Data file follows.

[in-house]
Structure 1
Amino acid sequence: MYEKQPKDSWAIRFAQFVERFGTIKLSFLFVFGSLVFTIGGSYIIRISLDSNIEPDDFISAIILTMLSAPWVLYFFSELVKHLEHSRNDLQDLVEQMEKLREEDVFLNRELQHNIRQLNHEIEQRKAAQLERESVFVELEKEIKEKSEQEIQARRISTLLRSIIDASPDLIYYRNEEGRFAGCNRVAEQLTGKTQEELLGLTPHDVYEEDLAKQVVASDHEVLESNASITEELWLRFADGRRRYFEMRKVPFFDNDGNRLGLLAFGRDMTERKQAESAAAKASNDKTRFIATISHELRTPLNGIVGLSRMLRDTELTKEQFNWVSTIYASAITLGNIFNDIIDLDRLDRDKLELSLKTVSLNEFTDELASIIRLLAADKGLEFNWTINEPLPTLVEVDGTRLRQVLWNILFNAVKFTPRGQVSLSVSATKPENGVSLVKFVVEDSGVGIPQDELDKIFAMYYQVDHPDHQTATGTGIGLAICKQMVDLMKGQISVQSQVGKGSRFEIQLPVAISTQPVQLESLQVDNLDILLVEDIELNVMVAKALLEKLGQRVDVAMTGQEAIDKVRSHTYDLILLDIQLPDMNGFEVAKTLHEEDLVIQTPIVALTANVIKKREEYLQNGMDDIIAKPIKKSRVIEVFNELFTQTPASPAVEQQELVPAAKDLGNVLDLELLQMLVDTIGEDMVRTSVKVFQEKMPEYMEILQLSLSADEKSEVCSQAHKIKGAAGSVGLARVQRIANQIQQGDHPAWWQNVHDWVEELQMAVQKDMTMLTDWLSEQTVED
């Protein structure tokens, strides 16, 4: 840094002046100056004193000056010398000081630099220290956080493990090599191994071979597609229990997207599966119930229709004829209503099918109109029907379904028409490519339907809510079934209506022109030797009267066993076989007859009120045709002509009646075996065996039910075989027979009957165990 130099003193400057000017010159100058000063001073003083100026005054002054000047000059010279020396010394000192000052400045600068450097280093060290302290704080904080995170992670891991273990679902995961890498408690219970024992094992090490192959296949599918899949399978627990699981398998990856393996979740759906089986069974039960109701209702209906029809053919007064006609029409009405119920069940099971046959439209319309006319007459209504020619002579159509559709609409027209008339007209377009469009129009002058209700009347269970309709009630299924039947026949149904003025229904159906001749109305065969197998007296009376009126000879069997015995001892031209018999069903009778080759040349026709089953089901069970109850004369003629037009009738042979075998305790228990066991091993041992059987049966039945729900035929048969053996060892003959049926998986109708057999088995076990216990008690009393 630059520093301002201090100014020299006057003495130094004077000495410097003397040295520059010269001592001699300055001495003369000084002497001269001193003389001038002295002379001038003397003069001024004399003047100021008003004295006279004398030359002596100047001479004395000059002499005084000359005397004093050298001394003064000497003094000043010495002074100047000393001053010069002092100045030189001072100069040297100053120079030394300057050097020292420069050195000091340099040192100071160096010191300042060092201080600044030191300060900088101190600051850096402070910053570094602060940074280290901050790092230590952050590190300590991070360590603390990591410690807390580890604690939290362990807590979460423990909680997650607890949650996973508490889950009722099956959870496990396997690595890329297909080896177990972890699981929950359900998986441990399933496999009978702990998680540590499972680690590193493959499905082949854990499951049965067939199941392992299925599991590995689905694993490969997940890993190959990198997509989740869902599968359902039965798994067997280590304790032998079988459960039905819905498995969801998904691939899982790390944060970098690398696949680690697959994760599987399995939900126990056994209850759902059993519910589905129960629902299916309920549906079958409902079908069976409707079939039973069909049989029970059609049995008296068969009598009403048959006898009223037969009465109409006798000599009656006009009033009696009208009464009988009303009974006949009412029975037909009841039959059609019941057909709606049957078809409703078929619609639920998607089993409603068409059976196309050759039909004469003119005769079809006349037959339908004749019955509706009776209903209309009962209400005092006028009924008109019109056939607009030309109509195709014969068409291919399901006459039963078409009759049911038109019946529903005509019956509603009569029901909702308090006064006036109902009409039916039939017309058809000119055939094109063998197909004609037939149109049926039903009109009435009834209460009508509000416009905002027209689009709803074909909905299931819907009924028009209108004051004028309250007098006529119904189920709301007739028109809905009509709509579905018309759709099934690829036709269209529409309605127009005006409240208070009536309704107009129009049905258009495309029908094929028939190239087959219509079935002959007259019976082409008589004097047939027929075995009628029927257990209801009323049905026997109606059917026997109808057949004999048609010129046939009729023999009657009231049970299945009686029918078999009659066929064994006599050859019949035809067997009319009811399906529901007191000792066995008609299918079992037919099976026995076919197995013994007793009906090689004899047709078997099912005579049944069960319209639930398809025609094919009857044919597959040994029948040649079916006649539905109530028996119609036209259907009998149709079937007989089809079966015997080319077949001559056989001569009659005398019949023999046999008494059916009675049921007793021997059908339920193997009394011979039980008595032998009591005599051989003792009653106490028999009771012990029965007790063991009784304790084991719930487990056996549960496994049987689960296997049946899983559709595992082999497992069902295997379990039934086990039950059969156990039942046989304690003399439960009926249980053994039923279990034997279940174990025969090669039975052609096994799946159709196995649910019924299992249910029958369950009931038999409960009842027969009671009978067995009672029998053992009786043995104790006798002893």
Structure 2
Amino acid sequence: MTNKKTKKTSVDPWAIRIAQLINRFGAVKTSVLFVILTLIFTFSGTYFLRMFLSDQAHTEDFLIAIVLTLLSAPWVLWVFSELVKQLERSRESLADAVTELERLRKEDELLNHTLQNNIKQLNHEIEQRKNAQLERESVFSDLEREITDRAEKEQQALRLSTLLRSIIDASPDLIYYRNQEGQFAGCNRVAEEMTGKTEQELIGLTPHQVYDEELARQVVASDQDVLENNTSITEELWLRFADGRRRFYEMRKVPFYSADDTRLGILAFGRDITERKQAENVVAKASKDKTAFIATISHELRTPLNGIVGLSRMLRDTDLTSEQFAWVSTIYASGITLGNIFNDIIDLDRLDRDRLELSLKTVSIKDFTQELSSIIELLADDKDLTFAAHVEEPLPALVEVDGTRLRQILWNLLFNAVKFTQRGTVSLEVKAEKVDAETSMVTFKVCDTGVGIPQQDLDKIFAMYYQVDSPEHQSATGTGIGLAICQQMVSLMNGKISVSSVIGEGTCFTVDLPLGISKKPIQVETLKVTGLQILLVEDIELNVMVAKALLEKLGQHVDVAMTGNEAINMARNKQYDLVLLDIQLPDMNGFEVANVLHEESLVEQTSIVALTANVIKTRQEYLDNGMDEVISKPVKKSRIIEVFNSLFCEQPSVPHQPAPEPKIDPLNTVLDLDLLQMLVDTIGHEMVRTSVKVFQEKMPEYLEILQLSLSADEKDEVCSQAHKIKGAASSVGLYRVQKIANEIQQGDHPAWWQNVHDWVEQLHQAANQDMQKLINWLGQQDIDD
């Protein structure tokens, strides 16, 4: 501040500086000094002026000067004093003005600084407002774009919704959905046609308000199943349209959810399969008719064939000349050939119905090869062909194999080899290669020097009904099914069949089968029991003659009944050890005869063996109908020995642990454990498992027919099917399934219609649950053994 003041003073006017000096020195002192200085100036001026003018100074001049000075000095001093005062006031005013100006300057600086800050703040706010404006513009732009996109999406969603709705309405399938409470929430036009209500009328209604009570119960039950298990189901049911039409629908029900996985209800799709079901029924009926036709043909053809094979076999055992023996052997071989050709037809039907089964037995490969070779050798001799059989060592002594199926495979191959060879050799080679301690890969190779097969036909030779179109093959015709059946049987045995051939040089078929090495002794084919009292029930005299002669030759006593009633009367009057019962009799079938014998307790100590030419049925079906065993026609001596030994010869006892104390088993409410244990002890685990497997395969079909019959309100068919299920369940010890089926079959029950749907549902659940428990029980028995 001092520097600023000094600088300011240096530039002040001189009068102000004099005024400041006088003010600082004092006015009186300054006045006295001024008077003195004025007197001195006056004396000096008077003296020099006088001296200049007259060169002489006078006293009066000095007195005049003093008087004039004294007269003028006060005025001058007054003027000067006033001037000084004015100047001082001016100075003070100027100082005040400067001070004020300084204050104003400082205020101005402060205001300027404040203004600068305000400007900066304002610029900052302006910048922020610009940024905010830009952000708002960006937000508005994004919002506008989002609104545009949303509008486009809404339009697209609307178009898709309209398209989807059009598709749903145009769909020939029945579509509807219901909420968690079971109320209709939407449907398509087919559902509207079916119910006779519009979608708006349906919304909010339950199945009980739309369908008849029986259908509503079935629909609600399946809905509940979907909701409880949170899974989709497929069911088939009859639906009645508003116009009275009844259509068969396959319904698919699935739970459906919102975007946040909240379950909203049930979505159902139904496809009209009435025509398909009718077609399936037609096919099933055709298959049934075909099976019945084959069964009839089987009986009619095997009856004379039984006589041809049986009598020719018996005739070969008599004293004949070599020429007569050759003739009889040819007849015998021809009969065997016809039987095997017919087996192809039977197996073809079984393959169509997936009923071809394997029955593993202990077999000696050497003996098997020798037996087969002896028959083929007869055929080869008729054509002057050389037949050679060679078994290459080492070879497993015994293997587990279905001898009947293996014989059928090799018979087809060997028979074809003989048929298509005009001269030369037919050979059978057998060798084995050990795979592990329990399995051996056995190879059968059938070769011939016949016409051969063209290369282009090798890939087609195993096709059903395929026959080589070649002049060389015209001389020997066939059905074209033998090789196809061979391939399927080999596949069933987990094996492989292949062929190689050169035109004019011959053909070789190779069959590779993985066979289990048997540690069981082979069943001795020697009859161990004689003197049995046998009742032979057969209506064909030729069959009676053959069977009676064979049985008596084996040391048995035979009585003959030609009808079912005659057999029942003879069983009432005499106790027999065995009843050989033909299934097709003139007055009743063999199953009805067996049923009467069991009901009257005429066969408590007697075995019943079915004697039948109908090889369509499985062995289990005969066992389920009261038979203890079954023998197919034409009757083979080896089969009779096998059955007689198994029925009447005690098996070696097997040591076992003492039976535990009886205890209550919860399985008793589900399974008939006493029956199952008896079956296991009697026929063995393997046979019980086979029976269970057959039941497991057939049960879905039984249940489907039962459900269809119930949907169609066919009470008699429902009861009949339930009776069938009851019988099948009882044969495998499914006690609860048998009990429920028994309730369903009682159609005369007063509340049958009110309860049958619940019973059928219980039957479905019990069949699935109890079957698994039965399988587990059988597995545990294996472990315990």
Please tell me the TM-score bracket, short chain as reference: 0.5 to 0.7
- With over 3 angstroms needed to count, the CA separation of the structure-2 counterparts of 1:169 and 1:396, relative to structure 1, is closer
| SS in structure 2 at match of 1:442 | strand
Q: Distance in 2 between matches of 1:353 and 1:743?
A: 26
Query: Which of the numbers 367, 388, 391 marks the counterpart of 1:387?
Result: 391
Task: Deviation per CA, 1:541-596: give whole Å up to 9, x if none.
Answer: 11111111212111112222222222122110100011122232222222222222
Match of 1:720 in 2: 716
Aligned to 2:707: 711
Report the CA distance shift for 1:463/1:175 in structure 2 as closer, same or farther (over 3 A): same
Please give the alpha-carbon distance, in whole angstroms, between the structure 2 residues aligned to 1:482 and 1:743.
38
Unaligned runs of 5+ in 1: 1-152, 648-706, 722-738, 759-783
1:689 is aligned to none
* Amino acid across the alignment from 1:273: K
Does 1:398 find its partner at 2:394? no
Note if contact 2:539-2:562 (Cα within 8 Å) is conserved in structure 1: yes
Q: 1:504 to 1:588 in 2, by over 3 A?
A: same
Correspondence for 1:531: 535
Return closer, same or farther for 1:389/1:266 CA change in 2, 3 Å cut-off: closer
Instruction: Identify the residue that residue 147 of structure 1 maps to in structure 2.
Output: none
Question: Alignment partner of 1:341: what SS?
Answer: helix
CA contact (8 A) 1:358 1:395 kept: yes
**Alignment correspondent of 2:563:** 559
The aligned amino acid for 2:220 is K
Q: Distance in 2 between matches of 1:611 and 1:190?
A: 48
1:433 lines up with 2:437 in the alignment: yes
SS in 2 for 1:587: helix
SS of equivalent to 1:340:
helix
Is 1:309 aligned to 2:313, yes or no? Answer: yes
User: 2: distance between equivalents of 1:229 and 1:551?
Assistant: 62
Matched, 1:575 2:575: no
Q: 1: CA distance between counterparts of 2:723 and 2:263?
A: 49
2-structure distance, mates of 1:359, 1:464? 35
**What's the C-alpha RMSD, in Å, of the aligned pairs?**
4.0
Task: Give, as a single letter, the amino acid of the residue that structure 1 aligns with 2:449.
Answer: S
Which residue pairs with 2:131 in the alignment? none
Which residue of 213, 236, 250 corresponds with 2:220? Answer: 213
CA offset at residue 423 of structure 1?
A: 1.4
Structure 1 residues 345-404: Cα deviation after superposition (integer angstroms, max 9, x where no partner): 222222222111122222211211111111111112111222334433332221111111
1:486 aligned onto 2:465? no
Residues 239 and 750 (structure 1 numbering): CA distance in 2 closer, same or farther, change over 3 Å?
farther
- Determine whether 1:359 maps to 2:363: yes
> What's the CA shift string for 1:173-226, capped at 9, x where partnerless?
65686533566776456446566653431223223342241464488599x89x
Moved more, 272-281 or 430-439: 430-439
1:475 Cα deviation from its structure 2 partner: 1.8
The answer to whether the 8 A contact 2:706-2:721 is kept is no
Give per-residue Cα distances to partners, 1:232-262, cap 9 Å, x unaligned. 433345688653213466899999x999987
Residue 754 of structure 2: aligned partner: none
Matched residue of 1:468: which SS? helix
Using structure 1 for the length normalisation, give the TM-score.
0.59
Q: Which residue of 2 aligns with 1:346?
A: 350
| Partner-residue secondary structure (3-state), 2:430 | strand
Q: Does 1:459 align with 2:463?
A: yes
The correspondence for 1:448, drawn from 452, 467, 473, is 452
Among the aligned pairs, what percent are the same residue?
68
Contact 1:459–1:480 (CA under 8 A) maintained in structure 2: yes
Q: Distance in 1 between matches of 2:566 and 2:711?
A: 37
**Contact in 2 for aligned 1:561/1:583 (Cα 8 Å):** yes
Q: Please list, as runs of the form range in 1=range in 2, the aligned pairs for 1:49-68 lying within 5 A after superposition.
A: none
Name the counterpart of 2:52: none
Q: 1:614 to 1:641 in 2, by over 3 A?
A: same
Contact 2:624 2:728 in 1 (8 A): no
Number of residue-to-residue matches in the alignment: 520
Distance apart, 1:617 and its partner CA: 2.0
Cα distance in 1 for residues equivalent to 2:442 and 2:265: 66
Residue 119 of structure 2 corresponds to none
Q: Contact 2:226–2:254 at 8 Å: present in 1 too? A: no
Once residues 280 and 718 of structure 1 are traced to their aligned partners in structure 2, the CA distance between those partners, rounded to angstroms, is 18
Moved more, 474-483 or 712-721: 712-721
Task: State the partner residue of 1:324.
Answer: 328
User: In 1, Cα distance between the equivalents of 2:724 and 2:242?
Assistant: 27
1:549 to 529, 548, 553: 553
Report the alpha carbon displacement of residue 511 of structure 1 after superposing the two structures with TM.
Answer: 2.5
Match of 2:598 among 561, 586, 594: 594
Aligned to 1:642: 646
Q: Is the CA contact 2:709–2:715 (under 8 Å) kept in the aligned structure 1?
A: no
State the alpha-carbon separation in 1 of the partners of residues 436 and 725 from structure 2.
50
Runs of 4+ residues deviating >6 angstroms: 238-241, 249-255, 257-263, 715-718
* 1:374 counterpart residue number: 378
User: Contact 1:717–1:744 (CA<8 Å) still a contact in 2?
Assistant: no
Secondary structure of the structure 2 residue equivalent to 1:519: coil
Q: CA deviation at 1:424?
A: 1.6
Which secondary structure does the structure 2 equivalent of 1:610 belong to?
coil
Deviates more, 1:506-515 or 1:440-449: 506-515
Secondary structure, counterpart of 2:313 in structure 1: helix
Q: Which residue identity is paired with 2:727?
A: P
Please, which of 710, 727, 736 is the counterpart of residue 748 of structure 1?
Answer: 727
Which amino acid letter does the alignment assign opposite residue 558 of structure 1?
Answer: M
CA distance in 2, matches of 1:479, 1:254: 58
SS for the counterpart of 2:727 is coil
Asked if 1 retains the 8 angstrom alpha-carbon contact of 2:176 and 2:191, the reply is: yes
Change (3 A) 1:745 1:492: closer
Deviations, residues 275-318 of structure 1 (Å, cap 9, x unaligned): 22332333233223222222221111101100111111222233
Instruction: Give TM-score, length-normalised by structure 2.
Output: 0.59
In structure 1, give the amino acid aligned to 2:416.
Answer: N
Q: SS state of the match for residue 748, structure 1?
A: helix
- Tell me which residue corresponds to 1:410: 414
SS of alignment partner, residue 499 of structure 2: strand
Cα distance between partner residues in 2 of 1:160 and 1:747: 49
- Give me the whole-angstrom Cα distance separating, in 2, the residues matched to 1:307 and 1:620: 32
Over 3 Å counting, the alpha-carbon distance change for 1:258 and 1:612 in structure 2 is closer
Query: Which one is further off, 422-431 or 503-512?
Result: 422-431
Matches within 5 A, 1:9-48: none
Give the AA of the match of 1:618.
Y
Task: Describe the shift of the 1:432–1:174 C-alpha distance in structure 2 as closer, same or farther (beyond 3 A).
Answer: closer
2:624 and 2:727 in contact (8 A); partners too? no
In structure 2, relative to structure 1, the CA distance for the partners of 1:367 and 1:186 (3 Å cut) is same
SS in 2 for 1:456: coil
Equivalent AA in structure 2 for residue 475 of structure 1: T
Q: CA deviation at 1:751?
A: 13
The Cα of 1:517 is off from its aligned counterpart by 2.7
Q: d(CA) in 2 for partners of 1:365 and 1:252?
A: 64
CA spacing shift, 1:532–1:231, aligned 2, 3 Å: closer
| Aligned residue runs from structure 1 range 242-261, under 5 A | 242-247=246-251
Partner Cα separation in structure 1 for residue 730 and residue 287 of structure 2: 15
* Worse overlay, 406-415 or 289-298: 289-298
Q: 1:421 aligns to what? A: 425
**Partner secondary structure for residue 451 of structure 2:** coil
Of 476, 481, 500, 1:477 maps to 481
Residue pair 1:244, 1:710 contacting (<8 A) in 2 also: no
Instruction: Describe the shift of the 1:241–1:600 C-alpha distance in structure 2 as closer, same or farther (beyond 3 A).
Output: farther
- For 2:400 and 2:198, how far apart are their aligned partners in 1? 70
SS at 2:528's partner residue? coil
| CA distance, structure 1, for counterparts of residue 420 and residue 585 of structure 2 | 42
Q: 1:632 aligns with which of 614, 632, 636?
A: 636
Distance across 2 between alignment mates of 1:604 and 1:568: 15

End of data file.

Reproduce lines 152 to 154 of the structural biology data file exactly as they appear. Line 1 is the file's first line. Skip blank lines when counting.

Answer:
2:624 and 2:727 in contact (8 A); partners too? no
In structure 2, relative to structure 1, the CA distance for the partners of 1:367 and 1:186 (3 Å cut) is same
SS in 2 for 1:456: coil